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An entire King of Queens episode devoted to behavioral finance and economics. Doug gets a Christmas bonus. He and Carrie decide not to spend their windfall (mental accounting). Doug wants to put it in the bank, while Carrie pushes for a high-flying internet stock (herd behavior). The stock goes up for one day, but quickly falls. They don’t sell because it’s too painful. They hold out, hoping the stock will recover (loss aversion). The stock continues to fall and they finally sell at the bottom. Then they notice news about government approval, the stock rallies, and they buy back in (availability bias). It’s all wrapped up in a syrupy sitcom message about the meaning of Christmas.

Hat tip: Rodrigo Sanchez.

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Jonah Lehrer says that he (and other people) pay for expensive bowls of cereal and high-speed internet in hotels because of mental accounting.

In the end, expensive hotels are able to charge insane amounts of money for Cheerios and wifi because these exorbitant charges get posted to the mental account of the hotel bill, which will be hundreds of dollars anyways. As a result, the charges don’t seem quite so crazy. (This also helps explain why cheap hotels are so much more likely to offer free internet and breakfast buffets. Sometimes, we get more when we pay less.)

If the exorbitant room rate makes the Cheerios palatable, perhaps sports team owners should raise ticket prices even more than they are accustomed to doing now. After all, the difference between a big city room and a bowl of bran is still larger than the difference between upper deck seats and hot dogs at most ball games.

Sporting events, hotel bills, flights – what are other mental accounts that affect your purchasing decisions?

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After a report that just 1 in 10 people realized they got a tax cut last year, we’re wondering how many people will notice the new payroll tax cut this year? The Boston Globe asked a few Bostonians.

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The bonuses are smaller–even $0!–but the regular paychecks are bigger.

Even though employees will receive roughly the same amount of money, the psychological blow of not getting a bonus is substantial, especially in a Wall Street culture that has long equated success and prestige with bonus size. So there are sure to be plenty of long faces on employees across the financial sector who have come to expect a bonus on top of their base pay. Wall Streeters typically find out what their bonuses will be in January, with the payout coming in February.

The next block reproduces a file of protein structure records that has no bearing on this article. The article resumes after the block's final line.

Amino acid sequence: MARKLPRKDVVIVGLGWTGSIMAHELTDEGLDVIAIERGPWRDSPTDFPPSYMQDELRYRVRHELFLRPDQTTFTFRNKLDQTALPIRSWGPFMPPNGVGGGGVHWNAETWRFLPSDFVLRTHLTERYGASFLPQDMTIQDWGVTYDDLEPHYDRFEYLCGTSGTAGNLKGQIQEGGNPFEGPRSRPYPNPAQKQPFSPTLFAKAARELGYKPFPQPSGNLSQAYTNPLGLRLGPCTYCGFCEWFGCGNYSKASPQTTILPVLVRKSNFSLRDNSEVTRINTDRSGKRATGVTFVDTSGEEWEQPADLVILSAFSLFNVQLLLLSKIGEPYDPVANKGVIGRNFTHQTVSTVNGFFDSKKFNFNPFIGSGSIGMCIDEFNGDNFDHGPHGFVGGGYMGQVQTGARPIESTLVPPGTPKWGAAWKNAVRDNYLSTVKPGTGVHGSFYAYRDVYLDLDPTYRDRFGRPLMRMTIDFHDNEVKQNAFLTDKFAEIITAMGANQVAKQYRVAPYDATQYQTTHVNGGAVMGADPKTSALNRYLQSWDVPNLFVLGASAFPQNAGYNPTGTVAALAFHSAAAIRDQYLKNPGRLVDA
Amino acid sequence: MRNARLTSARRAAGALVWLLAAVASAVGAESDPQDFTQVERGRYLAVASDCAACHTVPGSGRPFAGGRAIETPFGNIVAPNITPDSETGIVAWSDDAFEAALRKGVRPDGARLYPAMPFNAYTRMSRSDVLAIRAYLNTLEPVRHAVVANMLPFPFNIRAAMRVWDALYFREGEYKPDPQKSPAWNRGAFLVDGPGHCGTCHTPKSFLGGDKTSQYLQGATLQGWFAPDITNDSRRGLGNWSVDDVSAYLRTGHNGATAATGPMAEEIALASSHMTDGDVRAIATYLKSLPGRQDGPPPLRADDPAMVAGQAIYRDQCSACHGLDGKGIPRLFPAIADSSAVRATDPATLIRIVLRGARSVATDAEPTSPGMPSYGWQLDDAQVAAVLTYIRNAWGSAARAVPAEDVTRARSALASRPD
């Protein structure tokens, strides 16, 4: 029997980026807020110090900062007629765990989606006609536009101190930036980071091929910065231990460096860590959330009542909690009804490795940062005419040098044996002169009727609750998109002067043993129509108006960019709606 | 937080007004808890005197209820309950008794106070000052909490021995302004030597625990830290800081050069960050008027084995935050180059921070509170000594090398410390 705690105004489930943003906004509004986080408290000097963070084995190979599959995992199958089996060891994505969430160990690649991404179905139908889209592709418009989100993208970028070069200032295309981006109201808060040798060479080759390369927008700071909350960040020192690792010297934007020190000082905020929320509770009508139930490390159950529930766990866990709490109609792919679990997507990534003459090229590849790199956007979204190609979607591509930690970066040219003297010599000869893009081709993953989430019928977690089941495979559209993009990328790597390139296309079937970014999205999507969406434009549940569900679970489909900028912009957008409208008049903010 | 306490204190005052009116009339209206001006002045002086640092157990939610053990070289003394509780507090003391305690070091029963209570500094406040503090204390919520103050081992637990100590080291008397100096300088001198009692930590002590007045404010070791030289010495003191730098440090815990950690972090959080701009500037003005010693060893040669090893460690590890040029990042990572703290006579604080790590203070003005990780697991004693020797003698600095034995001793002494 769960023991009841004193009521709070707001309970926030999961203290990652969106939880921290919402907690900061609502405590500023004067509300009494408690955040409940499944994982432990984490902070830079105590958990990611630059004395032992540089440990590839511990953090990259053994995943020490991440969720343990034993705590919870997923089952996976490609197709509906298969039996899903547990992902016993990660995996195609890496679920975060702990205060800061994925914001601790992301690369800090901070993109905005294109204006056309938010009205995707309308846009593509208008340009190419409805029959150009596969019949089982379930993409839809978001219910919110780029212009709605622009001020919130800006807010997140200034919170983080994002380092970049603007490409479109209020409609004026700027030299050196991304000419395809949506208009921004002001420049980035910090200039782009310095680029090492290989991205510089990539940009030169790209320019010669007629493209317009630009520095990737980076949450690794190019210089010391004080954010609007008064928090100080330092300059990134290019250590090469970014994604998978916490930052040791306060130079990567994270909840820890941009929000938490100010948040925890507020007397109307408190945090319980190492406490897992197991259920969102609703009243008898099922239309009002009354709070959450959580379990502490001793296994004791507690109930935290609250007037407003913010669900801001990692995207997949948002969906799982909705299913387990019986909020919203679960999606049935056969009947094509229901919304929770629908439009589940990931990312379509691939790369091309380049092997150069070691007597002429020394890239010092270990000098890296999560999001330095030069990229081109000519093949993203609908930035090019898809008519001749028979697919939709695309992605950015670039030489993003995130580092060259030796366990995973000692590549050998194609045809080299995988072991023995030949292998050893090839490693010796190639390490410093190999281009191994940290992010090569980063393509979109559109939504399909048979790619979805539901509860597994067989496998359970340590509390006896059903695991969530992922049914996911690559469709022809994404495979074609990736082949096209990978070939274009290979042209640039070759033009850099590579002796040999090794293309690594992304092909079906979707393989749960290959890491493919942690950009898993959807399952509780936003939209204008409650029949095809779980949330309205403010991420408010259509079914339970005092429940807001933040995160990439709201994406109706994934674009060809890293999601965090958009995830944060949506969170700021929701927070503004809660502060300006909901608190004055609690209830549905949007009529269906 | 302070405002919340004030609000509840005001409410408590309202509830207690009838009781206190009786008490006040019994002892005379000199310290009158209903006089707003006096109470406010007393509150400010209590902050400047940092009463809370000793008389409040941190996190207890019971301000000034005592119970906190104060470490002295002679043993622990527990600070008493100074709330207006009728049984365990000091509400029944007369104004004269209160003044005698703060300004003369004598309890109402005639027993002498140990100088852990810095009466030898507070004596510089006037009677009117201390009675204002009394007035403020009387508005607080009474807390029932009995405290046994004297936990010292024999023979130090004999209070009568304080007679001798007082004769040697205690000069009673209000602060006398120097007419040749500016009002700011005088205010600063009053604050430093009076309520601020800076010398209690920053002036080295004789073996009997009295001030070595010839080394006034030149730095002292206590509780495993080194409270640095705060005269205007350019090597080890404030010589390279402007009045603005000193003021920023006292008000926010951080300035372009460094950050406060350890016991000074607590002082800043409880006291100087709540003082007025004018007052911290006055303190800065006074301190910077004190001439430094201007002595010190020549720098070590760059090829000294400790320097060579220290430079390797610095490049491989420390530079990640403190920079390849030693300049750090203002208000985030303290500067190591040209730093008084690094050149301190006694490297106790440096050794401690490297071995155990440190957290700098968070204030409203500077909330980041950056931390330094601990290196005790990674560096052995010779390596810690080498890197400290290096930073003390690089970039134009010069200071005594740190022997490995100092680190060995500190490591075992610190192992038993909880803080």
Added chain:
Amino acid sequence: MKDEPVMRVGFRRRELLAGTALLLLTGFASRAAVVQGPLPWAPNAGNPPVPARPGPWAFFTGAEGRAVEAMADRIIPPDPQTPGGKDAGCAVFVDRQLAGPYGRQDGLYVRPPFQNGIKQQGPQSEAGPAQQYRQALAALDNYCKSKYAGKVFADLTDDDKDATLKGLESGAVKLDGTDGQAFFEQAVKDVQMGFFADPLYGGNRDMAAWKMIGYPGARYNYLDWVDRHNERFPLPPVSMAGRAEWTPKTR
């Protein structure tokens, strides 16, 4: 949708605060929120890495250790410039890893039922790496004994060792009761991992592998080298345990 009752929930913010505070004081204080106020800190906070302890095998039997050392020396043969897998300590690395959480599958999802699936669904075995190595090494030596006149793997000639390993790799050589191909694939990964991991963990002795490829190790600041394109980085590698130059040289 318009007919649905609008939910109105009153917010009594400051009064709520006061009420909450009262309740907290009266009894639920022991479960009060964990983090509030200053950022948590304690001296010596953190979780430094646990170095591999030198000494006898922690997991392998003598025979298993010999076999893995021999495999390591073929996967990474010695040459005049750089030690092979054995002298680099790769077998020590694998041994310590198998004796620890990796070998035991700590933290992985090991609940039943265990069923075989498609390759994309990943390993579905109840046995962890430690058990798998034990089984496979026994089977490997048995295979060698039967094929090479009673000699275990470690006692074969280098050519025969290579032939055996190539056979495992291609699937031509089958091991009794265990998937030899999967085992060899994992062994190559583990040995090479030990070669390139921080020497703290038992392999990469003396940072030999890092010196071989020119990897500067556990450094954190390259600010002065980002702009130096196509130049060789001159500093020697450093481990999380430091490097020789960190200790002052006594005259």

One executive, whose firm prohibited discussing the topic with the news media, said the bump in base salaries had confused people, even though their overall compensation was the same. “People expect a big bonus,” this person said. “It is as if they don’t even see their base doubled last year.”

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The Fed says the inflation rate over the last year is 1.2 percent, but a survey says consumers think it’s at 3 percent. The WSJ looks at people’s mental accounting of inflation. Some highlights.

  • “(People) pay more attention to the prices of things they buy frequently, or to prices that fluctuate a lot, such as gasoline and meat. In a Bank of England survey, consumers identified household energy, gasoline, transportation, food and drink as the top influences on their perception of inflation. In the U.S. last year, prices rose sharply in all of those categories, with the exception of food and drink.”
  • “A recent paper in the Journal of Consumer Affairs suggests that inflation expectations tend to be higher among people who are older, poorer or less-educated. A study by Cleveland Fed economists found inflation perceptions to be about 50% higher among women than men.”
  • “Outside of housing, middle-income consumers have experienced more inflation than other income groups over the past year, in part because they devote a relatively large share of their budget to energy and transportation. For the year ended in October, prices on the items consumed by the average middle-income household rose 2.1%, compared with only 1.8% for households with income of $150,000 or more, according to a Wall Street Journal analysis of Labor Department data.”
  • “Geography matters, too. Prices in western U.S. states rose only 0.6% in the year ended in October, compared with 1.5% in the Northeast and Midwest.”

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1) Richard Thaler on the mental accounting behind a devilish rebate card.

2) Dan Goldstein on the taxonomy of defaults.

3) It takes an average of 66 days to form an (easy) everyday habit.

4) The New Yorker reviews procrastination. A book about it, anyway.

5) Does prospect theory kill the taxpayer receipt idea?